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School of Public Health News May 23, 2024

""A recent study published in the Journal of the American Heart Association (JAHA), first-authored by Postdoctoral Fellow in the Department of Epidemiology Philip Akinyelure, M.D., shows that some of the higher apparent treatment-resistant hypertension risk among Black U.S. adults was mediated partly by adverse social determinants of health. The study, Social Determinants of Health and Incident Apparent Treatment‐Resistant Hypertension Among White and Black U.S. Adults: The REGARDS Study, observed that factors including low education, low income, lack of personal interaction with friends or family in the past month, lack of personal care if ill or disabled, lack of health insurance and living in a disadvantaged neighborhood or in states with poor health infrastructure all contributed to the risk in comparison to White U.S. adults.

This study is not the first led by Akinyelure using REGARDS data to observe the ways social determinants of health affect blood pressure. What is unique to this analysis is the association between social determinants of health and treatment-resistant hypertension, a worse form of uncontrolled blood pressure.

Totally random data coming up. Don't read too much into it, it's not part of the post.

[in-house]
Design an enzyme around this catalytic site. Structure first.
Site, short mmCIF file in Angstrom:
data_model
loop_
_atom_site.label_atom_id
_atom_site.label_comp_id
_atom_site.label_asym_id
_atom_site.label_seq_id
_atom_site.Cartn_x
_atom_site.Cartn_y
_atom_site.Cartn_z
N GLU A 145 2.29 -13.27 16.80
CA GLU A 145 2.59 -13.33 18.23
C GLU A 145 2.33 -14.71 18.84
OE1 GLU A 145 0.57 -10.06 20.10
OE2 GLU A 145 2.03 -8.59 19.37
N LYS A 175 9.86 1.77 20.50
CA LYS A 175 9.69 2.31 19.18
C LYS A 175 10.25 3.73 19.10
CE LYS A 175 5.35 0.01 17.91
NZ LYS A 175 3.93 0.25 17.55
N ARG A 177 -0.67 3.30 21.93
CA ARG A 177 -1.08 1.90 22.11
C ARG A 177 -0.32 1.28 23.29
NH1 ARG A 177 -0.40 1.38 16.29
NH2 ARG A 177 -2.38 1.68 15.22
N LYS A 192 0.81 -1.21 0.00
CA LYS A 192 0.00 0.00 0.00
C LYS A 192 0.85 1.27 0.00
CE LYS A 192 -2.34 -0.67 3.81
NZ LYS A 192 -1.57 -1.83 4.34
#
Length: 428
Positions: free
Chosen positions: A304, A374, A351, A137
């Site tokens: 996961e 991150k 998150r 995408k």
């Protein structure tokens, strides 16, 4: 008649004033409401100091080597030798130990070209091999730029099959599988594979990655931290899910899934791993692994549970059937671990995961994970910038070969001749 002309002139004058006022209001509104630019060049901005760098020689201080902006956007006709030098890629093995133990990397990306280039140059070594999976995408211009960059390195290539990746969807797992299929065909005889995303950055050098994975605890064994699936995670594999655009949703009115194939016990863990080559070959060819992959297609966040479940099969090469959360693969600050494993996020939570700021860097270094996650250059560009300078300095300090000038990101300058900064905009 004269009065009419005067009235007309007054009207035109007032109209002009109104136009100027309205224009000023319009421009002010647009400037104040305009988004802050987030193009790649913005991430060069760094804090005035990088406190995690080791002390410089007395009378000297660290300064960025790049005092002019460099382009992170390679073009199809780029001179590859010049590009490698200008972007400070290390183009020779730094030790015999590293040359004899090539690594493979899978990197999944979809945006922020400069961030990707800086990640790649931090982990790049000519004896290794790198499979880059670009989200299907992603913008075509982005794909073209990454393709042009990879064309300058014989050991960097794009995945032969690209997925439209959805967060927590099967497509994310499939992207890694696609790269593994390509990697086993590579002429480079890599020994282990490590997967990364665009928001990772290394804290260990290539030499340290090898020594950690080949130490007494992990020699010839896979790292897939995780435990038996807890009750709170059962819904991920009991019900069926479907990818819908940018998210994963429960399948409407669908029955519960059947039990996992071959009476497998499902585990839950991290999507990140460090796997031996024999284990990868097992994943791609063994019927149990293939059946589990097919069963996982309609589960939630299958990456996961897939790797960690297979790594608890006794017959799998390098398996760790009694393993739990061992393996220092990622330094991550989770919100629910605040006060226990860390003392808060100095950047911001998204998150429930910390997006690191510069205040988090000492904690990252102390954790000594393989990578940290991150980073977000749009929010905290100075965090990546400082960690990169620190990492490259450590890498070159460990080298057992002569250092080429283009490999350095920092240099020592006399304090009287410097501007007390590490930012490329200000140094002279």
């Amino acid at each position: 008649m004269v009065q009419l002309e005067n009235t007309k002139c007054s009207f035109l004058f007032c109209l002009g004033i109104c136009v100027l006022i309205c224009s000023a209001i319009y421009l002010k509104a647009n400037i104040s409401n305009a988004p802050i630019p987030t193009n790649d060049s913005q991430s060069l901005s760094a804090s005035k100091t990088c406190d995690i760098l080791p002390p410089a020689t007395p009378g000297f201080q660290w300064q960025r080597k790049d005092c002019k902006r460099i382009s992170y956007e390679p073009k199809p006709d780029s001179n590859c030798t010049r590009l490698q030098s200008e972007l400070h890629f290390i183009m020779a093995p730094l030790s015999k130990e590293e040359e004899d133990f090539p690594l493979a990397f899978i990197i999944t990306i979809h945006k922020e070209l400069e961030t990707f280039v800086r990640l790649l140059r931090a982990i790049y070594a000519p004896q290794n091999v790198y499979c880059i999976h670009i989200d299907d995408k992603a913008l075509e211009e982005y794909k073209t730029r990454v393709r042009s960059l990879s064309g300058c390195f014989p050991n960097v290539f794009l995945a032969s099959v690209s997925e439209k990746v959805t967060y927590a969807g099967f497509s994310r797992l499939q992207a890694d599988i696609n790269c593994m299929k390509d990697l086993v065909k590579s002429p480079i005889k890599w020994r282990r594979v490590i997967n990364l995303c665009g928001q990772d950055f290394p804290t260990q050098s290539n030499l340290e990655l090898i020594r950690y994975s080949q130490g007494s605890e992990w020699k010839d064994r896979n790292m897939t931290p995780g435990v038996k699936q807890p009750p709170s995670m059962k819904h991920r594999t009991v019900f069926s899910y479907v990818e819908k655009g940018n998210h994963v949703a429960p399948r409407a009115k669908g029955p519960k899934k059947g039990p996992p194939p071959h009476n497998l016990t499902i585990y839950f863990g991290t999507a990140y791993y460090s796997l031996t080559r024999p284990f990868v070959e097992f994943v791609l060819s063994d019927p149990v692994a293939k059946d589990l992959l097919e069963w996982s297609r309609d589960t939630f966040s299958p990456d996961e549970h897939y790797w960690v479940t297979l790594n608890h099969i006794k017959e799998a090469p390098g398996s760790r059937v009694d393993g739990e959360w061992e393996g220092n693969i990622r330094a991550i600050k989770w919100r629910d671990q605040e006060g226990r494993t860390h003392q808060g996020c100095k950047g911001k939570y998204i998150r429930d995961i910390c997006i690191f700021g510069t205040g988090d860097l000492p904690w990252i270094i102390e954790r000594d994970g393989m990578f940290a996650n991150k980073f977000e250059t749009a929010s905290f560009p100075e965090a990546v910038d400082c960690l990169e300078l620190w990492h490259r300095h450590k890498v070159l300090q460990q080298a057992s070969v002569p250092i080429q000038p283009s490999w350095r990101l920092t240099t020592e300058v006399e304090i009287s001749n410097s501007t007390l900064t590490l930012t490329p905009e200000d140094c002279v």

“Apparent treatment-resistant hypertension is defined as the need for four or more classes of antihypertensive medication to achieve controlled blood pressure,” said Akinyelure. “Individuals with apparent treatment-resistant hypertension have increased risk for adverse outcomes including stroke, coronary heart disease, heart failure, end-stage renal disease and all-cause mortality compared to those with hypertension without apparent treatment-resistant hypertension. To achieve health equity in terms of hypertension control, social determinants of health cannot be ignored.”  

Additional authors from the University of Alabama at Birmingham include Suzanne Oparil, M.D., Lonnie Hannon III, Ph.D., George Howard, DrPH and Shakia Hardy, Ph.D.

Read the full story from NIH

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